From July 1, all new operations funded by the International Development Association (IDA), the World Bank’s fund for the poorest countries, will be screened for short and long term climate and disaster risks. Thomson Reuters Foundation spoke to two senior officials at the World Bank about the new policy:
Rachel Kyte is World Bank Group Vice President and special envoy for climate change.
Jane Ebinger manages the bank’s climate policy and finance team.
Why did you bring in these measures?
RK: We had come to the conclusion that without aggressive action to arrest climate change, the work of the World Bank in terms of trying to end poverty and build prosperity was going to become much more difficult. It put our mission success in jeopardy, and it also meant that things were going to be expensive in some cases and more complicated in others.
Why is this important to the World Bank’s work?
RK: It is important because it is about whether or not development funds achieve their objectives. It is important for developing countries to be able to use the funds they have access to for the greatest effect.
If you were going to use a lot of funds for some infrastructure work, and you were not really thinking through what climate change would mean for the geography, topography, weather patterns or movement of people, you are not going to be getting the development objective you want from the funds you are spending.
We are recognising that climate risk is a really fundamental part of the planning process now in all the countries in which we work.
What will these measures mean for the World Bank’s projects?
JE: We have been working with teams in the bank that are supporting Cote d'Ivoire, Cameroon and Ethiopia, and what we have been doing is having a discussion at the national level about how those countries might be exposed to potential climate and disaster risks.
We have also been working with some teams at the operational level, for example in the roads sector in Mozambique and on water resource management in Nepal, looking at how those project-based activities might be exposed to similar risks.
RK: This is the beginning of systematically doing this across everything that we do.
Was there much resistance or scepticism inside or outside the bank to incorporating climate risk?
RK: Clients are asking us for very specific help. They might not use the word climate change but they are looking for solutions to food security. This means they are looking for large scale agricultural projects which will increase yield, nutritional value, employability of the rural poor population or whatever else, and they know that the project has to have climate taken into account to be successful.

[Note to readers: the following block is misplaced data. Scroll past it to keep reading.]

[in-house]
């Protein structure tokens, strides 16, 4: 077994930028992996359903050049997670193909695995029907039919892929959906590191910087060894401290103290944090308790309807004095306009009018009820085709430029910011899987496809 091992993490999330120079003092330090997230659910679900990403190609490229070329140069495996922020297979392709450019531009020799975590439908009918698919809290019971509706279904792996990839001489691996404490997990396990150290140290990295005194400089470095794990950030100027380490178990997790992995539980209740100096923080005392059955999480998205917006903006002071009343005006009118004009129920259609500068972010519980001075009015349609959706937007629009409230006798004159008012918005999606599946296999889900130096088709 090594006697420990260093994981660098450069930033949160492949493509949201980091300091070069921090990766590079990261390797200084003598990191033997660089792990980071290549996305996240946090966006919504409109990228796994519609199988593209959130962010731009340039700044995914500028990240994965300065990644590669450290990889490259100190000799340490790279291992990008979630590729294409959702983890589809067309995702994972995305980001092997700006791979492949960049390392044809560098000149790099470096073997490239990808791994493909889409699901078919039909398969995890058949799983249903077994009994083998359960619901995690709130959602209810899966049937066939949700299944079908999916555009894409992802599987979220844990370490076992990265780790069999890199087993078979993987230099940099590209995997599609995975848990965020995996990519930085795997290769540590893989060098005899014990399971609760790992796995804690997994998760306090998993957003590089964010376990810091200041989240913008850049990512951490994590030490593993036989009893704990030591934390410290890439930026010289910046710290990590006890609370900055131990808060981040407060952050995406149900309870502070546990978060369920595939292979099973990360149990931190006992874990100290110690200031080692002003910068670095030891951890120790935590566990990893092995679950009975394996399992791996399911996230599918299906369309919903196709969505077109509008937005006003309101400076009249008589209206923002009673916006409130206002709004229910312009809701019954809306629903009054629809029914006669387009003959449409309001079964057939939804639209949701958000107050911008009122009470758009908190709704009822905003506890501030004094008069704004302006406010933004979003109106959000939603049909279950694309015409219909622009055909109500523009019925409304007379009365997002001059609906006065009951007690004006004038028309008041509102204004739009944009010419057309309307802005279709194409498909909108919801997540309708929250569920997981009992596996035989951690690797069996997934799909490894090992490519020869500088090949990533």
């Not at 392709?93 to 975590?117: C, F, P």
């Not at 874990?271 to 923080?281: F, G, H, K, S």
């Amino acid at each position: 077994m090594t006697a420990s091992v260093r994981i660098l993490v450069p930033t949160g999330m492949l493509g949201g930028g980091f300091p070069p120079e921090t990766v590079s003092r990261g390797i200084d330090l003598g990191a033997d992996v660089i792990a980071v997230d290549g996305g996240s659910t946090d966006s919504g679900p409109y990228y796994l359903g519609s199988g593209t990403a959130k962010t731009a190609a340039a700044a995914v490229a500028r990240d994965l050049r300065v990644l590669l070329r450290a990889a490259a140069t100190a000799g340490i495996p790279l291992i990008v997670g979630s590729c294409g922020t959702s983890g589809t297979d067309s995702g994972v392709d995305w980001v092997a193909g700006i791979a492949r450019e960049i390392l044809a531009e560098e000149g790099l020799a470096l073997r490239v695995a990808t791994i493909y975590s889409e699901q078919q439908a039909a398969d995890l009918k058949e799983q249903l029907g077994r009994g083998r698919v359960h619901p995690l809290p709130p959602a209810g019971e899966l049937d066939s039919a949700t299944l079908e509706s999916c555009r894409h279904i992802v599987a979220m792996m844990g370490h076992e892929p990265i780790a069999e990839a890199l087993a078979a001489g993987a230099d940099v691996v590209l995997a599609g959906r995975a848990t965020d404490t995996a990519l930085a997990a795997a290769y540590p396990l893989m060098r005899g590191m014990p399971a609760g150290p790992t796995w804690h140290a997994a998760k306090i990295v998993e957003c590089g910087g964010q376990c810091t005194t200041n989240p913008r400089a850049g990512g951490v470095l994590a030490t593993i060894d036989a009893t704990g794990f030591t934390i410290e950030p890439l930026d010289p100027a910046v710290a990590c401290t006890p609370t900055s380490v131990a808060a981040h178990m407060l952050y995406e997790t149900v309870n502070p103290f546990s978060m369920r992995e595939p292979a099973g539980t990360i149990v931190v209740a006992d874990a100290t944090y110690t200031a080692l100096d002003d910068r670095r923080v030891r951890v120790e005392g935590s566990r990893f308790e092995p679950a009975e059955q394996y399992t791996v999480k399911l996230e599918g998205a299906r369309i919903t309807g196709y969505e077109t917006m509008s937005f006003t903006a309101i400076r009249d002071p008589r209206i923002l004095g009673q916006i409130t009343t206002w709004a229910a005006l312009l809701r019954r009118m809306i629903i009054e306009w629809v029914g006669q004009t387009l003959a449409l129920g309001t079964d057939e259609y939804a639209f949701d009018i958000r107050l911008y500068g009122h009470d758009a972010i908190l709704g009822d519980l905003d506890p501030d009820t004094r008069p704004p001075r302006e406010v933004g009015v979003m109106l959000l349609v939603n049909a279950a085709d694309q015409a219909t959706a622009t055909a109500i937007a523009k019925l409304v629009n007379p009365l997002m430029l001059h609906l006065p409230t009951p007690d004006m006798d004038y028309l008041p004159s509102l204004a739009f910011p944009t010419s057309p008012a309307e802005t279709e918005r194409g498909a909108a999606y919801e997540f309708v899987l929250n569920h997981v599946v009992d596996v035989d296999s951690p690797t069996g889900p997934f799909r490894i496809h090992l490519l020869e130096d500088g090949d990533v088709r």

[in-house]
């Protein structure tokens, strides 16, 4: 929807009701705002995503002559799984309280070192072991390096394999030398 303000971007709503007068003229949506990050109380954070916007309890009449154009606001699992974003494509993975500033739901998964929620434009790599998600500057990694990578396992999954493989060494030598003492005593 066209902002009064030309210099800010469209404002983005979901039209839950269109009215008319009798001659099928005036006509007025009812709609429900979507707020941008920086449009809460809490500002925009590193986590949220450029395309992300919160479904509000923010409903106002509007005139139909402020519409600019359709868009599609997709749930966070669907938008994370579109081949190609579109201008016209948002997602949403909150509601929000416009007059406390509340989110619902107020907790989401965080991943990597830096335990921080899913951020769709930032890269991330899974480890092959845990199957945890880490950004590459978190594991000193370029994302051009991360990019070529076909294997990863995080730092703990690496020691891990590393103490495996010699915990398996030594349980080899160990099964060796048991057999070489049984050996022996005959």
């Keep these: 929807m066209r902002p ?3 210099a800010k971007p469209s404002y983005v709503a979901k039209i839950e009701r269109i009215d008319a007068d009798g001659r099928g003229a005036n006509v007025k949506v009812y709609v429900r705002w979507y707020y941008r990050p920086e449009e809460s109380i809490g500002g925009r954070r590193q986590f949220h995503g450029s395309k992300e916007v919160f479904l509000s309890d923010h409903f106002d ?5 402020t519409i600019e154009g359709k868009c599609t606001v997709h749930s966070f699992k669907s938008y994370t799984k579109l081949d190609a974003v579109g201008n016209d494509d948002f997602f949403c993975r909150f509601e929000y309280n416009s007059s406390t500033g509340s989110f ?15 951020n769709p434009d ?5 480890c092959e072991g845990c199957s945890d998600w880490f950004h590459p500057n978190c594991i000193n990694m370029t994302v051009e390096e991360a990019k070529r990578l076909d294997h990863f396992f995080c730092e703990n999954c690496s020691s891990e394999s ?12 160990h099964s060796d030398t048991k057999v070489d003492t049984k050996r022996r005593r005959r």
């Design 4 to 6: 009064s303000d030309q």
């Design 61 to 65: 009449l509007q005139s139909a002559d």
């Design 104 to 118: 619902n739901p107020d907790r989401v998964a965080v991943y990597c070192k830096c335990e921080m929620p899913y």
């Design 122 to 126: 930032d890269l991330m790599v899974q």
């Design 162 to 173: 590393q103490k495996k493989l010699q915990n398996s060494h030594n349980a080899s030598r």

The client demand is absolutely clear that they want solutions and responses to climate as part of what they want us to do.
JE: We have been piloting some of these tools that were developed before July, and the general feedback is that they have been very useful in providing a structured way of thinking about climate and disaster risks.
What is the Bank’s position on carbon pricing?
RK: We think countries should put a price on carbon, but we are agnostic as to how they do it. That is a decision based on their political economy, the particular situation that their country is in, and their development trajectory.
We think a price on carbon is a necessary but not sufficient tool to actually drive investment in your economy towards cleaner and more resilient development. You can do lots of things, but absent a price on carbon and getting prices right, you are going to have to work a lot harder.
This week Australia voted to repeal its carbon tax. Is this a worldwide trend?
RK: If you look at Asia alone, China is experimenting with pilots in carbon pricing in its emission trading scheme. Korea is struggling with the introduction of an emissions trading scheme but the commitment is there to price carbon through it. There are other South East Asian countries looking at putting an effective price on carbon.
New Zealand has a trading system, California has a successful trading system, we think the direction of travel is quite clear.
Will climate risk screening become the norm in other major institutions?
RK: I think if you are a taxpayer and are funding development, you want to know if that development is being effective. To be effective today the process has to be aware of the risks and challenges that climate impacts are already posing in the countries in which we work, and that will intensify going forward unless there is aggressive action to mitigate climate change.
This is an edited transcript of the interview.